Variation: the world record is ridiculous.  Eg John has lost the most toy cars; Mr Smith has forgotten to mark the most assignments; Suzie has slept in the longest.

16. Ironic inversion: flip ONE element of a world around (there was a cat who had three pet boys and a snake who had a pet Spanish teacher). For a brilliant take on this, read Martin Amis’¬†Time’s Arrow or his¬†Heavy Water short stories).

17. Things take the wrong amount of time, quantity, effort, etc (eg the boy drove from Alaska to Hawaii; the girl became a doctor in 97 years; the monkey easily ate 497 bananas).

 

The Curriculum That Actually Works For Everyone

Longtime C.I. badass Mike Peto recently weighed in on a good question. Peto, who led his entire department from textbook servitude to effective C.I. (all their kids who write A.P. and I.B. exams pass), addressed this:

We are getting rid of the textbook.¬† What should we teach? What are people’s favorite stories and themes?

This is a good question.  Standard language teaching is organised around cunningly-disguised grammar units: we learn the present tense verbs with school vocabulary, the conditional a year later with shopping, etc.

My answer: agree as a department to use 250 high-frequency words per year.¬† Peto’s is better:¬† focus on “the Super Seven verbs” (Terry Waltz’s list of highest-frequency verbs), along with nine more that add up to what Peto calls “the Sweet Sixteen verbs.”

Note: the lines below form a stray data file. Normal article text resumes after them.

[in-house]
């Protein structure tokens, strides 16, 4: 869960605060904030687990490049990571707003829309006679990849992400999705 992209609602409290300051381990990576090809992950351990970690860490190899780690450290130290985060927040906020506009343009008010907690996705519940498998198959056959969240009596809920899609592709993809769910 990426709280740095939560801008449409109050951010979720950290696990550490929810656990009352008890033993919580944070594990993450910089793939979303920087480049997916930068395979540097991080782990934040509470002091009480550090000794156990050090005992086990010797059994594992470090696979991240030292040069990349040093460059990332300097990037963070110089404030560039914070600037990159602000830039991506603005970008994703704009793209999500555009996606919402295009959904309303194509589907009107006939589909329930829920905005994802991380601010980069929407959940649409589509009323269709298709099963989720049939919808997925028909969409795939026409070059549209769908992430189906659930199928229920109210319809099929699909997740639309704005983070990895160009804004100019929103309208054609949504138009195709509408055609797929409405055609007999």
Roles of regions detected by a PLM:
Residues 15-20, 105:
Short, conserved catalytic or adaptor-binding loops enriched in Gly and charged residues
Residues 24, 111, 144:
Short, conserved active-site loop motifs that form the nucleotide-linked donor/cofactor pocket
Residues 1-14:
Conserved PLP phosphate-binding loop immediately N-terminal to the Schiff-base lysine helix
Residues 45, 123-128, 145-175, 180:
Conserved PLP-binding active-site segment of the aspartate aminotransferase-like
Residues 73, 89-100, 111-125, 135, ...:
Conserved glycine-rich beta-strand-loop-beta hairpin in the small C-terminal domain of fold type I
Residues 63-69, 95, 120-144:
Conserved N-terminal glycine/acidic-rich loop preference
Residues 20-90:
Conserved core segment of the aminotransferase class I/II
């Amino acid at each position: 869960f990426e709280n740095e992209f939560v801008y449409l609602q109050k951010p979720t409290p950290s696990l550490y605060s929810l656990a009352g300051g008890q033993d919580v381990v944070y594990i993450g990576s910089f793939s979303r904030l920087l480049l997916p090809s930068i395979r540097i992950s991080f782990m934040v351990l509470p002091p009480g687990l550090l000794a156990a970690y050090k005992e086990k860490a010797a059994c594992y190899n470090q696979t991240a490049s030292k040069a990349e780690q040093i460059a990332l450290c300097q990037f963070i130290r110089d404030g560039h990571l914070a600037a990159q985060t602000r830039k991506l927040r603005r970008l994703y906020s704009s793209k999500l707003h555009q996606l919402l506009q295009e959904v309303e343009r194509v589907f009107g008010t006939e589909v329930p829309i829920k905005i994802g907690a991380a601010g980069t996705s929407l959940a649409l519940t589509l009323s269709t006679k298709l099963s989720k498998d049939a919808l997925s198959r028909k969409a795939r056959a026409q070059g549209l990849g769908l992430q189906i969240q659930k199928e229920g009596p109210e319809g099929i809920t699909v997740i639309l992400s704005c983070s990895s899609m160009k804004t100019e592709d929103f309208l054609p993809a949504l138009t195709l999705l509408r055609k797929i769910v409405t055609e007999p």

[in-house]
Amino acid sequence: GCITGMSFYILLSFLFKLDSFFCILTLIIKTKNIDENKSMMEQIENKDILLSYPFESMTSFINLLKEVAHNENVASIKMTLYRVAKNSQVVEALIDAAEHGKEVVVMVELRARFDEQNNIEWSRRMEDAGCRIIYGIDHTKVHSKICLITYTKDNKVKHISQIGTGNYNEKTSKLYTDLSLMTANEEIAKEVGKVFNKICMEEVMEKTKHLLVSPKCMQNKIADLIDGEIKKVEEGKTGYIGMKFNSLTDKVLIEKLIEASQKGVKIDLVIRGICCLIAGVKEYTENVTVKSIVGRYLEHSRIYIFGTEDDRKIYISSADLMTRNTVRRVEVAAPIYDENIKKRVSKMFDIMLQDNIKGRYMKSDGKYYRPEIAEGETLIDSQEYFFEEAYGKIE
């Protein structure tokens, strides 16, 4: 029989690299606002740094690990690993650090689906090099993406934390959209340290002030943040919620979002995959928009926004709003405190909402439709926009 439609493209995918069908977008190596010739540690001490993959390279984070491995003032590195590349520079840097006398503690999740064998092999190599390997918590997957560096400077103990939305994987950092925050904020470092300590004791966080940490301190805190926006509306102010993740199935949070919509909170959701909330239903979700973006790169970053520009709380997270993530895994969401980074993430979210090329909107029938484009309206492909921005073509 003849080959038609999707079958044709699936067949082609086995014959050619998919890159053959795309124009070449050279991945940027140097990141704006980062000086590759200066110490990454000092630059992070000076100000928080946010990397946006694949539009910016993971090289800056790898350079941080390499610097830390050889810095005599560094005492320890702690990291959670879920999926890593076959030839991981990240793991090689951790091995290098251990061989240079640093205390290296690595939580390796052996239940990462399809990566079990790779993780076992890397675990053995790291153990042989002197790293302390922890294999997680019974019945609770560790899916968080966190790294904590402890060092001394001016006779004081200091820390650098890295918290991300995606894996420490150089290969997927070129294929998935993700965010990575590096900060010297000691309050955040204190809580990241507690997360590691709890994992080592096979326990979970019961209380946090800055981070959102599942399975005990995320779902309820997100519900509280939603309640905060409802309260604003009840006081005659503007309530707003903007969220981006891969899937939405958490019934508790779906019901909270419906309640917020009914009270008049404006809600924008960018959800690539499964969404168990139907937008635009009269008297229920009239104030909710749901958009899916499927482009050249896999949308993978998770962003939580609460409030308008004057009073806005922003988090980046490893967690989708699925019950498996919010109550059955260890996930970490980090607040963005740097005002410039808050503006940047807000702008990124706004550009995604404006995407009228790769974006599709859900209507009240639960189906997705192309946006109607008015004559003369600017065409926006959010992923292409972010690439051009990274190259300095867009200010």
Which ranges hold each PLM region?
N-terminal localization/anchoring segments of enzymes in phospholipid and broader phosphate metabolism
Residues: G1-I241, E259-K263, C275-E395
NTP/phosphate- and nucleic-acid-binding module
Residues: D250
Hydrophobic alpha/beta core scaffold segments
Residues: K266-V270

super72 

Here is Peto’s explanation of how and why his language department organised their language program the way they did.

Short answer: 16 verbs & a commitment to fill every class with compelling CI.

Long answer: As a department chair trying to design a common experience for students in different classes, with a half dozen different teachers on staff, I could have insisted that every teacher follow the same collection of story scripts, movie talks, and novels. That is, “all Spanish 1 students will read X novel and discuss Z movie talk. All Spanish 2 students will acquire this list of target structures so that they will be “ready” for Spanish 3.”

The problem Peto correctly notes here is that¬†we are not guaranteed acquisition of “rule”/word ______ on any teacher’s schedule. Just because you taught it doesn’t mean they got it.